Country Focus: France
France - The Vivendi Universal saga, grandeur and decadence (September 2002)
by Fabien Lemercier
- The saga of the French group. From the conquest of Hollywood to an uncertain future, and the fall of Jean-Marie Messier and the empire he built on shaky ground.
September 2000, Wall Street gives a warm New York welcome to a new world media and communications colossus, France’s Vivendi Universal, come to challenge the Americans on their home ground.
June 2002, the giant is on the edge of the precipice and its enormous debts cause the fall of its star C.E.O. Jean-Marie Messier. From that moment on, fire fighter Jean-René Fourtou, summoned to save the situation, tries to pull VU out of the deadly downward spiral that threatens to affect the entire French and European film industry. An authentic saga that not even the most imaginative and experienced screenwriter could ever have imagined and which Cineuropa attempts to synthesise here.
A Frenchman conquers of Hollywood
The instalments that make up the Vivendi Universal saga are closely linked to the story of its founder Jean-Marie Messier.
In 1996, at the age of 40, this upper-level civil servant is put in charge of the powerful water company, Compagnie Générale des Eaux (CGE). Messier soon reorganises the group around environmental (water, energy, waste disposal and public transport) and communications sectors, as part of the ascent of its mobile phone subsidiary Cegetel.
Seduced by the potential of the multimedia sector and encouraged by a wave of economic expansion in Europe, Messier launched CGE, renamed Vivendi in 1998, by means of a series of acquisitions that received a lot of media attention thanks to slogans like “We have the channels, lets buy the content”. The French publishing and communications group Havas was the first to be absorbed, followed by one of America’s leaders in the educational and video games software sector, then Vivendi joined forces with Vodaphone to create an Internet portal called Vizzavi.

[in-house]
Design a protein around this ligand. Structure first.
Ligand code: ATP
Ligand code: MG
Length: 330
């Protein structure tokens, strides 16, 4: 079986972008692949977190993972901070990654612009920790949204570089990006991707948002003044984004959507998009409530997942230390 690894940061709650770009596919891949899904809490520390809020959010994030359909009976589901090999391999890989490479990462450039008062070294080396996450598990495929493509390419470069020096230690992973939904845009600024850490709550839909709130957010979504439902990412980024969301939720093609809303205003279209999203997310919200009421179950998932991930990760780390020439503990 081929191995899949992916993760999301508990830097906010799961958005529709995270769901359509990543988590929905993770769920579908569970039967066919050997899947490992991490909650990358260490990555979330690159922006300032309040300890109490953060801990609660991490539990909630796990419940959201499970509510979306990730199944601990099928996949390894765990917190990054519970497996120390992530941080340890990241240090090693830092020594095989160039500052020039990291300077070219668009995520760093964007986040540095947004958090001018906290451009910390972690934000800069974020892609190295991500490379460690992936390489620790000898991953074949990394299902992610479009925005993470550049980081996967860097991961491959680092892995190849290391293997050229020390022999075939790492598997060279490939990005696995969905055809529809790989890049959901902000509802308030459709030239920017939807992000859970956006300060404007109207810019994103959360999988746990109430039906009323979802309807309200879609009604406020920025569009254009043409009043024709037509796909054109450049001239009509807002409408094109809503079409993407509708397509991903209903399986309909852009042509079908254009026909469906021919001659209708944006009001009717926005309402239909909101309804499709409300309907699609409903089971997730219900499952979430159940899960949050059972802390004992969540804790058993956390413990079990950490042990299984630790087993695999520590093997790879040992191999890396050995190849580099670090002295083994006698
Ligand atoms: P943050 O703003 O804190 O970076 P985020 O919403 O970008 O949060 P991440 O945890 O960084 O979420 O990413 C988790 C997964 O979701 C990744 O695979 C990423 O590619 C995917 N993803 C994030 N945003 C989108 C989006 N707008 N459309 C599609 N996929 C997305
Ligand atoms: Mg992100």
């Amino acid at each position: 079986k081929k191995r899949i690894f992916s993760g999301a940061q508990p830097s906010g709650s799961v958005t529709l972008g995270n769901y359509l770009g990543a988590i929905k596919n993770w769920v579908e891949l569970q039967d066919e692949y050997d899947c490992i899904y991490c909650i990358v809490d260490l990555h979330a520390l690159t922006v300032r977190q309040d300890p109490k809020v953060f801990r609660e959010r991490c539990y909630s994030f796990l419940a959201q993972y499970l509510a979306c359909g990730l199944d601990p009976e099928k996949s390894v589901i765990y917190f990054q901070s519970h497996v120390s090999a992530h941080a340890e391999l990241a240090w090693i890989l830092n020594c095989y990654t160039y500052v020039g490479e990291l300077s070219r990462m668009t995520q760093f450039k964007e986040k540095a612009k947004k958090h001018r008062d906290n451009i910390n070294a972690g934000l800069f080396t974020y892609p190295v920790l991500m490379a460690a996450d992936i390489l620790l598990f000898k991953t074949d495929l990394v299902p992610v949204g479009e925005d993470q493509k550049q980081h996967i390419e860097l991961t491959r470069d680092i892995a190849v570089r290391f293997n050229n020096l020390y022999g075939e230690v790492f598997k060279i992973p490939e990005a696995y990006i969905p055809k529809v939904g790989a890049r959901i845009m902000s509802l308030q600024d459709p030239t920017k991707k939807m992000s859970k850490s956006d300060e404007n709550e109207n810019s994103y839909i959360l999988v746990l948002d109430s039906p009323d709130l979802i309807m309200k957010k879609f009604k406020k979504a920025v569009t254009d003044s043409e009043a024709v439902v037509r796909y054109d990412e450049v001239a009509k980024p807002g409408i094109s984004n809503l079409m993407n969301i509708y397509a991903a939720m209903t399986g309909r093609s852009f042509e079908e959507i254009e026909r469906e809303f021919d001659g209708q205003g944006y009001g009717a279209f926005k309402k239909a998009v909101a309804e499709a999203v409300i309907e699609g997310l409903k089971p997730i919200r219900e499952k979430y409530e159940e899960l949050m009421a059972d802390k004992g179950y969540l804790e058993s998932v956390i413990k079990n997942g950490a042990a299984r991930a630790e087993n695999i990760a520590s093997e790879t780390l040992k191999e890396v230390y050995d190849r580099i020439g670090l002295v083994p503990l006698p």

But the climax came in 2000 with the creation of Vivendi Universal, the result of a merger with Canal+ (Europe’s premiere pay-TV group, also digital, and a major player on the audiovisual production sector) and Canada’s Seagram (the global media group, and a strong presence in the film and music industries). News of the deal made headlines around the world and turned film industry operators’ world on its head because this was the first time that a European company set foot in a great Hollywood studio like Universal.
In France, the anxiety becomes almost tangible because Canal+ plays a decisive role in funding film production. By law, Canal Plus is obliged to commit 20 per cent of its revenue to the acquisition of films (almost half of which must be French). Furthermore, Canal+ also invests directly in film production by virtue of its subsidiary, StudioCanal which created an awesome catalogue (5000 films and 6000 hours of television drama) and diversified into distribution when it bought Tobis in Germany and StudioCanal Spain, and Bac Films and its subsidiary Mars Films in France. Nevertheless Jean-Marie Messier reassured operators as to Canal+’s independence with respect to the Americans at Universal Studios, and signed an extension to the contracts that bind Canal + and French cinema to 2004.
In September 2000, Vivendi Universal’s arrival on Wall Street was a triumph, and the group, lead by its captain of industry, does not suspect that all this success conceals a dark abyss.
Vivendi Universal’s strength lies in the multitude of its companies it owns; it employs 381,000 people in over 100 countries, 80,000 of whom work in the multimedia and communications sectors.
Télecom and the Internet, multimedia publishing, music, the environment, without forgetting television and cinema (20,000 alone), the French group’s appetite knows no limits. Not even the collapse of the new technologies financial bubble as of March 2000, assuages VU’s hunger for acquisitions.
On the contrary, since 17 December 2001, Jean-Marie Messier has been thinking about a big new business: the televisions owned by the US Networks group, that Vivendi bought for $10 billion (Euros10 bn).
This company is run by Barry Diller, a former head of Paramount and Fox, who takes command of the new subsidiary called Vivendi Universal Entertainment (VUE). The deal is too onerous for VU’s coffers, especially in the wider context of a general economic slowdown that is further aggravated by the events of 11 September 2001. And above all, by Jean-Marie Messier’s shock announcement during a press conference that "the cultural exception is dead" – this is the verbal equivalent of dropping a bomb on France.